World Refugee Day 2023: Prioritize Family Reunification for Refugee Families

June 20, 2023

President Joseph R. Biden
The White House
1600 Pennsylvania Avenue NW
Washington, DC 20500

The Honorable Antony Blinken
Secretary of State
U.S. Department of State
2201 C Street NW
Washington, DC 20520 

The Honorable Alejandro Mayork
Secretary of Homeland Security
301 7th Street SW
Washington, DC 20520
U.S. Department of Homeland Security

Dear President Biden, Secretary Mayorkas, and Secretary Blinken,

Today on World Refugee Day we, the undersigned state, local, and national organizations, urge you to prioritize family reunification for refugee families. In your first weeks in office President Biden signed an Executive Order regarding the U.S. commitment to refugees in which you clearly stated: “reunifying families is in the national interest.”1 However, two years later, extremely slow processing and bureaucratic red tape continue to keep refugee families separated. Biased and inefficient vetting and screening processes have led to these delays disproportionately impacting Black and Muslim families. And families whose kinship ties are not formally recognized in their countries of origin or first asylum, such as LGBTQIA+ couples and parents, are also subject to unfair restrictions and delays.

Long delays, lack of transparency, and inequitable processing exist across all refugee family reunification programs, including the Follow-to-Join Refugee and Asylee Process, Priority 3 (P3) family reunification, the Iraqi and Syrian I-130 Priority 2 Direct Access Program, and the Central American Minors (CAM) Program. Delays have compounded in recent years with little transparency for families waiting in the process.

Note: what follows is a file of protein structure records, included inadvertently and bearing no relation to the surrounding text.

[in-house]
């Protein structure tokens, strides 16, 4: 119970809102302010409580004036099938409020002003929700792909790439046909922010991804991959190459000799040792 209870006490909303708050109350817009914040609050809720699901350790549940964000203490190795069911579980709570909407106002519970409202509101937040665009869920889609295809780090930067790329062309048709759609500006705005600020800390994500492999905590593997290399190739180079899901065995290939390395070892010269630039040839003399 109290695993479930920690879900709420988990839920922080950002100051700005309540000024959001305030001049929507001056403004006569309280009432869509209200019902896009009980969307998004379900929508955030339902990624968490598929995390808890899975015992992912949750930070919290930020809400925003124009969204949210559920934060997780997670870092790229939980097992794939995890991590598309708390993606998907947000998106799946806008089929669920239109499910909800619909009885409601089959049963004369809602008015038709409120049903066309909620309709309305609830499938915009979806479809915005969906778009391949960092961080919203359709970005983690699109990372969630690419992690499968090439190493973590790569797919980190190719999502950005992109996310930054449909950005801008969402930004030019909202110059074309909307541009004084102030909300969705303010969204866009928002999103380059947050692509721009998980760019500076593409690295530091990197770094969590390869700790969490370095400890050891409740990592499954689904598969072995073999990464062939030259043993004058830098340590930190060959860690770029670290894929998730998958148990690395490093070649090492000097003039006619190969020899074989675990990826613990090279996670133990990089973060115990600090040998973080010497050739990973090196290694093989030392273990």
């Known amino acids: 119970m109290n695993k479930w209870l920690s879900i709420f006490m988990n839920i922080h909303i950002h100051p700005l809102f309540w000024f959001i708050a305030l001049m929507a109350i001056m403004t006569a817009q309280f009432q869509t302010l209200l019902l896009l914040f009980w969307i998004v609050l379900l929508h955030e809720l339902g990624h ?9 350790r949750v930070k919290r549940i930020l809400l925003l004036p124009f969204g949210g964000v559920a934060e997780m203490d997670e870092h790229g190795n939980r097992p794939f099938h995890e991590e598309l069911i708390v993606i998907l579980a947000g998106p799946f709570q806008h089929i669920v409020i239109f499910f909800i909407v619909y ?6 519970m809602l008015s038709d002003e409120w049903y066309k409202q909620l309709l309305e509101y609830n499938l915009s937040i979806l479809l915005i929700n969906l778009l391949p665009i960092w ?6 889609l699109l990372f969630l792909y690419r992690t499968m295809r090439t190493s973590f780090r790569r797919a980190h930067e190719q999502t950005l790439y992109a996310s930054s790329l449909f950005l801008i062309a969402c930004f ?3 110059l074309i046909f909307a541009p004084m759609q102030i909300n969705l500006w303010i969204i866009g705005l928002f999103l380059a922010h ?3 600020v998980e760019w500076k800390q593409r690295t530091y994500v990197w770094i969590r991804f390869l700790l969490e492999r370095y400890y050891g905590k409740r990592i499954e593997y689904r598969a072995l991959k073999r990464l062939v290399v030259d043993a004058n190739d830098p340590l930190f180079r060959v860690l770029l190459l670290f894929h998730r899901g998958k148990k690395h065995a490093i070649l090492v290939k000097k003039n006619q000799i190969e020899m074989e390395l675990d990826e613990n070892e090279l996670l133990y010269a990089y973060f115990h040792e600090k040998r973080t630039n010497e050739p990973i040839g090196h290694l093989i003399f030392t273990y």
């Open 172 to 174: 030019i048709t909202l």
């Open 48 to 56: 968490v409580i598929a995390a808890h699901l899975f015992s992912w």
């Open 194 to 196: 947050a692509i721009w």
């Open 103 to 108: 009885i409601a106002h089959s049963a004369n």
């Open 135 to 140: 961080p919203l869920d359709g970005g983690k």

These issues take a significant emotional and economic toll on families stuck in the process. Due to prolonged separation, families miss important life events and milestones together, including weddings, and birthdays. This is time that cannot be reclaimed–indeed, some refugee families lose family members before being able to be reunited with their loved ones. Further, research2 has shown that family-based immigration is critical to strengthening the United States economy and building strong communities. Family immigration spurs positive outcomes such as high rates of self-employment and high earnings growth, improved well-being, and better integration outcomes.

For Black and Muslim families, processing hurdles are even more onerous. Due to the continuation of policies growing out of the Muslim Ban, families from certain countries now face additional scrutiny and red tape, which delay their cases.3 Families like the Mohamed family from Somalia suffer from the ongoing delays and bureaucratic obstacles that are common in refugee family reunification programs and even more pronounced for families from Muslim-majority countries.4 Rabi Mohamed was resettled to Minnesota in 2015 and is still waiting to reunite with his wife and children in the United States seven years later. Rabi says that when he speaks to his children they ask him, “‘When are you coming? When are you going to take us with you?’ They ask me things that I am unable to provide for them or make happen — things that I’ve been waiting for years to happen.”

Sadly, these heart-wrenching stories are all too familiar. Jayarajah Antony Rajeevan Kulas, a Sri Lankan Tamil refugee living in Texas, has been waiting to reunite with his wife and children in the United States for more than nine years. He says, “My only hope is for my family to join me. I worry constantly for their safety and it pains me to think about how many moments I have missed without them by my side.” Every day that passes is another day Rabi, Jayarajah, and many other refugee families are subject to worry and fear for their family’s safety overseas. 

On this World Refugee Day, we ask that your administration fulfill its stated commitment to family reunification by implementing the following recommendations.